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close this bookPlant nematode problems and their control in the Near East region. (FAO Plant Production and Protection Paper - 144) (1997)
close this folderPart II: Country reports
close this folderJordan
View the document(introduction...)
View the documentIntroduction
View the documentNematology in Jordan
View the documentNematological problems
View the documentControl measures
View the documentInfrastructure and training
View the documentSupport for nematology
View the documentConclusions and recommendations
View the documentBibliography

Control measures

In order to combat the ill-effects of phytonematodes in Jordan, the following is a summary of the measures employed.

Legislative

In the plant quarantine section of the Jordan agricultural law, prevention of the introduction of certain plant-parasitic nematodes is specifically mentioned. Among these nematodes Globodera rostochiensis, Heterodera schachtii, Meloidogyne spp. and Ditylenchus dipsaci are included. However, at the points of entry there are no reliable laboratories to test plant shipments for nematode presence. Inspectors only look for galling, caused by root-knot nematodes, on the roots of imported plants.

Cultural

Abu-Gharbieh and Hammou (1977) concluded that susceptible tomato cultivars may escape root-knot nematode infection in the central Jordan Valley by planting during November through December. Earlier plantings must be supplemented by soil fumigation or the use of resistant varieties. Abu-Gharbieh (1982b) showed that neither hoeing nor removal of infested refuse of the previous crops gave significant nematode control in heavily infested soils.

Cultural practices also include the use of crop rotation in which susceptible, resistant and non-host varieties and cultivars are planted in a certain sequence, so that nematode counts remain at non-damaging levels. In this respect, a large number of varieties, cultivars and lines of vegetable crops have been tested in Jordan for their relative susceptibility or resistance to the root-knot nematodes M. javanica and M. incognita.

Biological

Addition of Fusarium oxysporum, Aspergillus flavus and Preussia sp., grown on wheat grains, reduced postharvest cyst populations on sugar beet by 81.9, 74.5 and 62.4 percent, respectively. Abu-Laban and Saleh (1992) showed that Paecilomyces lilacinus, F. solani and F. oxysporum formulated on chicken layer manure significantly reduced root-knot nematode galling on tomato roots by 58, 59 and 53 percent, respectively. Naturally occurring fungi that parasitize cyst and root-knot nematodes in Jordanian soils were investigated; the most important fungi found included Verticillium chlamydosporium, Aspergillus flavus, Fusarium oxysporum and Fusarium solani.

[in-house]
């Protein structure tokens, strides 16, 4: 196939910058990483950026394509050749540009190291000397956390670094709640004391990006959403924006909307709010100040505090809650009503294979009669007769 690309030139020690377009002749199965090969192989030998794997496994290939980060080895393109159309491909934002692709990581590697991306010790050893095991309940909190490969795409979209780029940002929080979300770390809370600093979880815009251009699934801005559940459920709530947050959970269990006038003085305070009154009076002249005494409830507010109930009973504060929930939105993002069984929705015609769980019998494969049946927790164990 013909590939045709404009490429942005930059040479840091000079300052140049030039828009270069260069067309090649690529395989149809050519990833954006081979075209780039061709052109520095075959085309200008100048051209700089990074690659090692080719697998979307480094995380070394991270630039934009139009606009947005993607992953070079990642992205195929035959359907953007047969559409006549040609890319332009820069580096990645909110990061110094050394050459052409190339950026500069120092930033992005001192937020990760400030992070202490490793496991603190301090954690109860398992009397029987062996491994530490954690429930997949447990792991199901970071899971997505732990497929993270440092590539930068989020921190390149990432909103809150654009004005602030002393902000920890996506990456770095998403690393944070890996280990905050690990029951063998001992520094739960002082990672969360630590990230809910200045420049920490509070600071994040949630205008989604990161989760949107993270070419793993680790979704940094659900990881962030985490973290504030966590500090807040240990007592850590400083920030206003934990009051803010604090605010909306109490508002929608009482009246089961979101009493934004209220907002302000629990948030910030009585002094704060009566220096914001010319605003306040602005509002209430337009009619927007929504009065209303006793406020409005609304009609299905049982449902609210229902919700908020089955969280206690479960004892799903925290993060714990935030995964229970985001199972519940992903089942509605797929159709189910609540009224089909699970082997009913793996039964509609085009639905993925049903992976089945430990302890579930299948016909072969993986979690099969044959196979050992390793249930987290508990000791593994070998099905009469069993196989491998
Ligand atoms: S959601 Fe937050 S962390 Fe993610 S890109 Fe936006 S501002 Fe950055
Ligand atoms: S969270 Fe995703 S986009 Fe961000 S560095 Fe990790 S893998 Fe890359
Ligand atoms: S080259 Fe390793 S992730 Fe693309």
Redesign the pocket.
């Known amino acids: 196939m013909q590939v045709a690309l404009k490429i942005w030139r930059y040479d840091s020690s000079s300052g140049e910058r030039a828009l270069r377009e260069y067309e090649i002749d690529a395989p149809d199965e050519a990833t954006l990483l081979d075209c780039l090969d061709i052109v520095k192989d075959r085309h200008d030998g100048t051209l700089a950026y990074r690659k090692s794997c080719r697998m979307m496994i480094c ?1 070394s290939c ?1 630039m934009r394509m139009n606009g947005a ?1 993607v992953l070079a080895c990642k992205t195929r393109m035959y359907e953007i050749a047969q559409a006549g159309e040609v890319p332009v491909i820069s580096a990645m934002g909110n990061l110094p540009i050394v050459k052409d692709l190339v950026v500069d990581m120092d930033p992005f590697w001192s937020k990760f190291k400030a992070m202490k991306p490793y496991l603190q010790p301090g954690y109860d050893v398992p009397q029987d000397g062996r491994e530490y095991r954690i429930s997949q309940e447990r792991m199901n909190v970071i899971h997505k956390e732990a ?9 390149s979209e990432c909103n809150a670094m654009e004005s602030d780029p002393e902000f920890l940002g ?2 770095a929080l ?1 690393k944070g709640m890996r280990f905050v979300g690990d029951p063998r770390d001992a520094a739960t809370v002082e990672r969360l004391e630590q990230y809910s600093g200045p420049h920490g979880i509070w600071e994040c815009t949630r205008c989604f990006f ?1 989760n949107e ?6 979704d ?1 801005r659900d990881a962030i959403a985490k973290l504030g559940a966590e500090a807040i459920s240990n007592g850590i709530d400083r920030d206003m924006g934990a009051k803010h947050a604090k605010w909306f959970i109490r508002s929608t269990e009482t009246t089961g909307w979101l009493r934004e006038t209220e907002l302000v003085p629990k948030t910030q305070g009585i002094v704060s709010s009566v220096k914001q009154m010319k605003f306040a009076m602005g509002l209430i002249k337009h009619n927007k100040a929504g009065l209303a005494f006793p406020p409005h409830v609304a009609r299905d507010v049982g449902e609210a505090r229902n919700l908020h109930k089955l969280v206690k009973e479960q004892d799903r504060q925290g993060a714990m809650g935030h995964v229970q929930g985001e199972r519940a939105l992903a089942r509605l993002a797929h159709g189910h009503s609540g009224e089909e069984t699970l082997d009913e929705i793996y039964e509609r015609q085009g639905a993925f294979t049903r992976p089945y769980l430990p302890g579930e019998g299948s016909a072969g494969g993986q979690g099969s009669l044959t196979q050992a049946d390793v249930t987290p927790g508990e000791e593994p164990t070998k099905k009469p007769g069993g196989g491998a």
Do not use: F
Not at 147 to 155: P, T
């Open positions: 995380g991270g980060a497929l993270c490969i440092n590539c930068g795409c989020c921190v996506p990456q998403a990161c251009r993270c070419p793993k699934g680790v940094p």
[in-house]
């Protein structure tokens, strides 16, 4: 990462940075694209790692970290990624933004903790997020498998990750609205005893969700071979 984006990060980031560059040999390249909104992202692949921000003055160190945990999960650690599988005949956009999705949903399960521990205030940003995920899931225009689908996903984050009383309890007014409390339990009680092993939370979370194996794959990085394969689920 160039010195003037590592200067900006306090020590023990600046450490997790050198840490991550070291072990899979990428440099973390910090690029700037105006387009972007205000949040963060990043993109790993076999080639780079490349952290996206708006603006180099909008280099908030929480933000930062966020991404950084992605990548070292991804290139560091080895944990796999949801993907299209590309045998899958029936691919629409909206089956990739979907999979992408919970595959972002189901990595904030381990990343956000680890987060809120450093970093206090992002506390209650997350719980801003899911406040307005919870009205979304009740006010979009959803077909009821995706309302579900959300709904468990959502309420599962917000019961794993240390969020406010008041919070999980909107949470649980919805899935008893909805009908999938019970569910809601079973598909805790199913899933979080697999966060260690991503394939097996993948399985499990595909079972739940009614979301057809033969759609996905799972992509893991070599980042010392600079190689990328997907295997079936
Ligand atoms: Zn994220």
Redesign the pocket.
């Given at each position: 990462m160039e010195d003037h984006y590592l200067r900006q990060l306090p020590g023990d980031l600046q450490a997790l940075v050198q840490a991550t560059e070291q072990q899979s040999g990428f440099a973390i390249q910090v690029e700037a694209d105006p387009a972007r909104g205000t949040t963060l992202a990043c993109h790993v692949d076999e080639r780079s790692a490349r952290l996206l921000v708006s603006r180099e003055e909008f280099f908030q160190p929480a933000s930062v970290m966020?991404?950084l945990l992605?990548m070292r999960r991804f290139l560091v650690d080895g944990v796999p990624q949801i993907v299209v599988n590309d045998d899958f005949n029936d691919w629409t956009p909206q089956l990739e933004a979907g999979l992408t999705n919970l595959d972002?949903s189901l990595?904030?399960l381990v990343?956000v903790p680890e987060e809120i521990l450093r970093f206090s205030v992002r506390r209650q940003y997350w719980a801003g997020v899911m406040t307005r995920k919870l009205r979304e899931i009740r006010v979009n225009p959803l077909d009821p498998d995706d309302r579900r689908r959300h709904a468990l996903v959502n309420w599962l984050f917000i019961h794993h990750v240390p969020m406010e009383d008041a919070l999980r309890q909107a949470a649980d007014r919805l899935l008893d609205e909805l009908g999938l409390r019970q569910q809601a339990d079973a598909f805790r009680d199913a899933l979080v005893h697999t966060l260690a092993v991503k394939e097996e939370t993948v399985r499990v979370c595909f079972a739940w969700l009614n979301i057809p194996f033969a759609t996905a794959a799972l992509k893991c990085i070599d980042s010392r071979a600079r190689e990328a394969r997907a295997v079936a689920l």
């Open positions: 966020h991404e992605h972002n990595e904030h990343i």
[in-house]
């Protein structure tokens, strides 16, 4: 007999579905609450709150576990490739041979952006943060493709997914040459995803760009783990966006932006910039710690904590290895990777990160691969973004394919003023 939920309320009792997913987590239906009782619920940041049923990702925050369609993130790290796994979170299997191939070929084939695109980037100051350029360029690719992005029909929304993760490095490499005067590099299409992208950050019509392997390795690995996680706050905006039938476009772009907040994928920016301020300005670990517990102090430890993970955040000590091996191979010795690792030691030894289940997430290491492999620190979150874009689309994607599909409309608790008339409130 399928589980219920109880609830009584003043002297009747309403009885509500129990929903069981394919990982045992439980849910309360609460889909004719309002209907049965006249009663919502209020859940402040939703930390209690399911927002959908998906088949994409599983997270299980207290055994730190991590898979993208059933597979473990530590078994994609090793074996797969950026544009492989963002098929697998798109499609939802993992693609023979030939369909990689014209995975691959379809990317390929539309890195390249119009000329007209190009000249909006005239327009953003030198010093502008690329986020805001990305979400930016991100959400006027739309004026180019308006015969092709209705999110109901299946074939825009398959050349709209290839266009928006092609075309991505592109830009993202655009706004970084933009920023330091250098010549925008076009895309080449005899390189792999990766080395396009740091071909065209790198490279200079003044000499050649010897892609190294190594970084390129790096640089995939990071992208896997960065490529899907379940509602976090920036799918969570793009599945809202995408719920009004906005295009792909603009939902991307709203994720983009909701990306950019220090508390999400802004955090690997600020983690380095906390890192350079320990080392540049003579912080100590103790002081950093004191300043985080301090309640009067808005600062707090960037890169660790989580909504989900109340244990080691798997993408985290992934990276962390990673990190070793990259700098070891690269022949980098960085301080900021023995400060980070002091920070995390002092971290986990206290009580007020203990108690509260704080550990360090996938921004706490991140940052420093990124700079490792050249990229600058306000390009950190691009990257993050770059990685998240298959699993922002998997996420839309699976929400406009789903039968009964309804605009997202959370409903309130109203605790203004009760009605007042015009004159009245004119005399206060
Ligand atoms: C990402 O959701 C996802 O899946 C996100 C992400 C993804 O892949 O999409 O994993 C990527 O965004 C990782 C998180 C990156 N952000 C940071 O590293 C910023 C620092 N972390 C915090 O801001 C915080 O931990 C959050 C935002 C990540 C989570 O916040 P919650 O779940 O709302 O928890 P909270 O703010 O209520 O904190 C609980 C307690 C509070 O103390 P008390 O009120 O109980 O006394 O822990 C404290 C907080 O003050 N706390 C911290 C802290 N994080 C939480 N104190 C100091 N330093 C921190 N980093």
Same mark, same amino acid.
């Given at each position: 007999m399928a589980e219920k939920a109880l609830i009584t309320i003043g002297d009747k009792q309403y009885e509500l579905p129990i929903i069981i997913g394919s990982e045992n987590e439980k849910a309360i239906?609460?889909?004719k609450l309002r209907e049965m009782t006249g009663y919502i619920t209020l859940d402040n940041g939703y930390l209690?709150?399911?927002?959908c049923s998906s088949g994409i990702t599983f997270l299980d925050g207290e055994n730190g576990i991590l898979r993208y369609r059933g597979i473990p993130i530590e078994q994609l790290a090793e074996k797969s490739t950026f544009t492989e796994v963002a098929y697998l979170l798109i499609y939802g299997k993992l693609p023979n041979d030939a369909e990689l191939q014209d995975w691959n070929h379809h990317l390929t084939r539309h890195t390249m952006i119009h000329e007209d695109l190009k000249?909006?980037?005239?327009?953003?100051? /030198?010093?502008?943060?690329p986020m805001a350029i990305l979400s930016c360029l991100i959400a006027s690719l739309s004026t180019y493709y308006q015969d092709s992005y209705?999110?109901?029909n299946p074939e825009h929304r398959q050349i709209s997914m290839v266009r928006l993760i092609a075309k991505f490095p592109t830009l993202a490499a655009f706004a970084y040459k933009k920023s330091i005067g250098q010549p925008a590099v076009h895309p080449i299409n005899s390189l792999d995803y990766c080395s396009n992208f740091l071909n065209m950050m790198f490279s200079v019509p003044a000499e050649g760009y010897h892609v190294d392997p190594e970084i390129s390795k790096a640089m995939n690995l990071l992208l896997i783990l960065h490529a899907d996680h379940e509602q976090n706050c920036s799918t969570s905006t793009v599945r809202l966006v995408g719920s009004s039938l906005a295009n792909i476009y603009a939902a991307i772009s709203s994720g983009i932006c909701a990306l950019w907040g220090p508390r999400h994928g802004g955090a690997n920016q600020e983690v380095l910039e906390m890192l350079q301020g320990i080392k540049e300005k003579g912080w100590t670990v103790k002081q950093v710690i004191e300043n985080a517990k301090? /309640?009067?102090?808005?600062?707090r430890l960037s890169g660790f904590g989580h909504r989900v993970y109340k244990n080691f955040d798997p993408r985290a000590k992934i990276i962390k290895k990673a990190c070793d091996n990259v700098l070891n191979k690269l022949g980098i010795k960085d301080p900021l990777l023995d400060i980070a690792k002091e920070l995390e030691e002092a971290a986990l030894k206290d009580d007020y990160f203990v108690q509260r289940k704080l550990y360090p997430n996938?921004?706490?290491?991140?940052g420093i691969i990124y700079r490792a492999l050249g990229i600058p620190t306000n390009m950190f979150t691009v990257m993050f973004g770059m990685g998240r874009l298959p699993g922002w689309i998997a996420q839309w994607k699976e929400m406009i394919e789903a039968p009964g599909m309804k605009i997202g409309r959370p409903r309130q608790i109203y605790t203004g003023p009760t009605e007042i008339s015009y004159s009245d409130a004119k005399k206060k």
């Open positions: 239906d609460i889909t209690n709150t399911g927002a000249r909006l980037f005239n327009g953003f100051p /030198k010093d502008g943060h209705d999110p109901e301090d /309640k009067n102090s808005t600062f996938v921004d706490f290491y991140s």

Chemical

Khatoom (1981) showed that preparasitic, second-stage juveniles of Meloidogyne javanica were not detected at the end of the growing season of cucumber in a soil treated with methyl bromide. Abu-Gharbieh (1982b) reported that 75 days of preplanting soil fumigation treatment with DBCP (Nemagon) gave a marked reduction in population densities of the nematode M. javanica and increased tomato yield. However, a 15-day preplanting treatment showed significant nematode control but without significant yield increase, which may suggest a phytotoxic effect on tomato. Investigations also indicate the effectiveness of liquid oxamyl, Di-Trapex and Basamid treatments.

Physical methods

One of the most recent methods for control of nematodes and other soil-borne pathogens is soil solarization. In this method solar energy is used to heat up the moist soil to lethal or sublethal levels. The treated soil is adequately prepared and tarped with a tight transparent plastic sheet for six to eight weeks. A team of researchers, headed by the author, and a number of graduate students launched an extensive programme on the testing and development of soil solarization. This method proved highly effective, cheap and safe as compared with chemical treatment. Significant increases in tomato, eggplant, cucumber and musk melon yields were demonstrated. The Jordanian research group also demonstrated the effectiveness of a low-cost method of soil solarization, by simply using a non-perforated black plastic mulch (instead of transparent). At the end of the solarization period, the black plastic is perforated for transplanting.

Farmers in Jordan solve their nematode problems by using nematode-free transplants. In plastic houses and intensive agriculture they fumigate their soils largely with methyl bromide, as a biocide. In other minor cases soils are fumigated with Nemacur or Di-Trapex. The liquid formulation of Vydate is also used and generally applied through drip irrigation systems. More recently, farmers have begun to adopt soil solarization to control soil-borne pathogens both in plastic houses and in the open fields.